The strong double-digit sales growth that was seen in e-commerce in Malaysia throughout the review. Remains in effect in 2021, although sales growth was somewhat slower than what was seen during 2020.
As in most Southeast Asian countries, much of the value generated by e-commerce in Malaysia can be accounted for by third party online marketplaces, with the international e-commerce giants Shopee and Lazada continuing to battle it out for supremacy in the category during 2021. While each of these retailers remains highly competitive and while both of them operate very profitably in Malaysia, during 2021 the situation became more challenging for Lazada as it gradually began to lose customers to its arch-rival Shopee.
One of the factors that initially held back the development of e-commerce in Malaysia was the low level of trust that many consumers previously had in on my payment systems and digital payments generally. However, as digital payments have slowly come to the fore and with the use of cash declining over the course of the review period, these barriers to the wider adoption of e-commerce have become less salient.
E-commerce is slated for positive growth over the forecast period, although growth rates are expected to be more modest than the very high double-digit growth rates registered consistently throughout the review period. With the impact of the COVID-19 pandemic and the official control measures taken in response expected to recede substantially over the course of 2022 as the spread of the COVID-19 virus is brought under control, it is likely that consumers will want to shop in stores once again.
One factor that is expected to spur the growth and development of e-commerce in Malaysia during the forecast period is the increasing numbers of small and medium-sized enterprises in the country that are turning to e-commerce as a way to diversify their businesses and capture increasing demand for a wide range of goods and services online. In addition, many of Malaysia’s independent retail businesses are still struggling to overcome the negative impact of the COVID-19 pandemic on their business activities in the physical realm, with online trading seen as an ideal way to improve revenues whilst keeping risk to a minimum.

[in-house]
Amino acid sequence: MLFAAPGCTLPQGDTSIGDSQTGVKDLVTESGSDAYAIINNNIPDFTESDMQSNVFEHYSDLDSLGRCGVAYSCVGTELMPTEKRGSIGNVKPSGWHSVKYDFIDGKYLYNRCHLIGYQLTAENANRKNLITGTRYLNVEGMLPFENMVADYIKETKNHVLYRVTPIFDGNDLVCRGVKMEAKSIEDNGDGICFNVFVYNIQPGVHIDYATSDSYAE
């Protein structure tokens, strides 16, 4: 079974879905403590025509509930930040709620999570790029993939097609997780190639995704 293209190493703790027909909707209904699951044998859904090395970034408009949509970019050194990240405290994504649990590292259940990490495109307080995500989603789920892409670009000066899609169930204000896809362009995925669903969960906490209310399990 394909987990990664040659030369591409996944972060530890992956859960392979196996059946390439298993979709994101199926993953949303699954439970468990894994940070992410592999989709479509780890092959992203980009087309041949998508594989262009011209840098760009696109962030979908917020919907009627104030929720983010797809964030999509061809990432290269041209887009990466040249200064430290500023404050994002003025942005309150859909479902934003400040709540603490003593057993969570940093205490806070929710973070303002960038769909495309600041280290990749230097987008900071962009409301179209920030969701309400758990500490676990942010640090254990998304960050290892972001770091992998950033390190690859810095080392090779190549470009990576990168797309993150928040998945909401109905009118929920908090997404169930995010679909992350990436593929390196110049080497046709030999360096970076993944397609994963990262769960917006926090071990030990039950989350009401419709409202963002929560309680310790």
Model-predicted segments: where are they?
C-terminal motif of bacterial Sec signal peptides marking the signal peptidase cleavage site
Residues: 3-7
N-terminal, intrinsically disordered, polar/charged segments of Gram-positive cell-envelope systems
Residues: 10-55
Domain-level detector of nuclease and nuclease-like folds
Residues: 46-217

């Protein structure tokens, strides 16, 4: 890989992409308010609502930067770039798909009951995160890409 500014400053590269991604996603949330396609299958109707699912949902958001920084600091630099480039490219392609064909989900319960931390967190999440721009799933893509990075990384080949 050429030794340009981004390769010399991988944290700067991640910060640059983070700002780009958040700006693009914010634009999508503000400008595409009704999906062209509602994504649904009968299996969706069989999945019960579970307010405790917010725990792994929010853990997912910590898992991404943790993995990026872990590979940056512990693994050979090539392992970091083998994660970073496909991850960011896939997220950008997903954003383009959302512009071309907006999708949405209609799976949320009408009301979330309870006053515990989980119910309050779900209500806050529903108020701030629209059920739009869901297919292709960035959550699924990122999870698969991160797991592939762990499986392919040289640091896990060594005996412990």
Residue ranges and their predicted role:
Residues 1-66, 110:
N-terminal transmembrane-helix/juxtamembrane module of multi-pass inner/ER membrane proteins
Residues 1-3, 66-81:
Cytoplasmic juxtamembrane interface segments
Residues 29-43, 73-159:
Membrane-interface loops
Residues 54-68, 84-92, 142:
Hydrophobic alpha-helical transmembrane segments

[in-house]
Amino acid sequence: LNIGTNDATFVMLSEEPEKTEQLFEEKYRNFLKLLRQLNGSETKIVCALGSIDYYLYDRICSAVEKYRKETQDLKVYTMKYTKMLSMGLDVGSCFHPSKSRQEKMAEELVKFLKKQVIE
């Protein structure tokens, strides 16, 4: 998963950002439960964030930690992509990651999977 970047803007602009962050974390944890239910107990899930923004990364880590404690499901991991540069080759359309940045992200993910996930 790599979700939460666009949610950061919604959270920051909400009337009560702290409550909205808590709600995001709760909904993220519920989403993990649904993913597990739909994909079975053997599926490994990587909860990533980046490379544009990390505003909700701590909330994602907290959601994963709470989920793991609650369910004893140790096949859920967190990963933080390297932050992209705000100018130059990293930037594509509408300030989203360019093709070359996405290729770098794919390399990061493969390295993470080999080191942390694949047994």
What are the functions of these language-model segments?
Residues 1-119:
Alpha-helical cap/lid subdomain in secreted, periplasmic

As mentioned above, recent years have seen the rivalry between the two leading names in e-commerce Shopee and Lazada took an interesting turn towards the end of the review period as Shopee began to pull clear of its international arch-rival. With Lazada expected to continue underperforming Shopee, the forecast period is expected to see the gap between the two international third party online marketplaces continue to grow.
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Sales of consumer goods to the general public via the Internet. Please note that this includes sales through mobile phones and tablets (i.e. m-commerce). E-commerce includes sales generated through pure e-commerce websites and through sites operated by store-based retailers. Sales data is attributed to the country where the consumer is based, rather than where the retailer is based. The definition of e-commerce is agnostic as to where actual payment takes place; if an order is initiated online, it is considered to be an e-commerce transaction, even if the order is ultimately paid for in-store (or elsewhere). As a result, all ‘click-and-collect’ and ‘collect-at-store’ transactions are counted as e-commerce sales. E-commerce excludes sales of: (a) Consumer-to-consumer (C2C) and business-to-business (B2B) sales, although please note that sales between businesses and consumers (i.e. B2C sales) on sites such as eBay are included; (b) Sales of motor vehicles, motorcycles and vehicle parts; (c) Tickets for events (sports, music concerts, etc.) and travel; (d) Sales of travel and holiday packages; (e) Revenue generated by online gambling sites; (f) Returned products/unpaid invoices; and (h) Internet sales from direct selling companies, as these are tracked in Direct Selling market size/shares. Example e-commerce brands include Amazon.com, Zappos.com, Apple.com, iTunes, Rakuten, Tesco.com, Dell.com, Coles Online, etc. 3rd Party Merchant sales through online marketplaces, such as Amazon.com, eBay.com and Walmart.com, are included and split out in shares. 3rd party merchants are the summation of sales that come from businesses that are present on an online marketplace (e.g. Amazon, Alibaba). Marketplaces are websites that allow multiple merchants to sell on the marketplace website, with the marketplace operator processing the transactions, but many marketplaces provide offer other services as to help with shipping, handling, payment, and product storage. The marketplace is not the merchant of record legally, but for the sake of shares, sales from 3rd part merchants are attributed to the marketplace brand operator.See All of Our Definitions
This report originates from Passport, our E-Commerce (Goods) research and analysis database.
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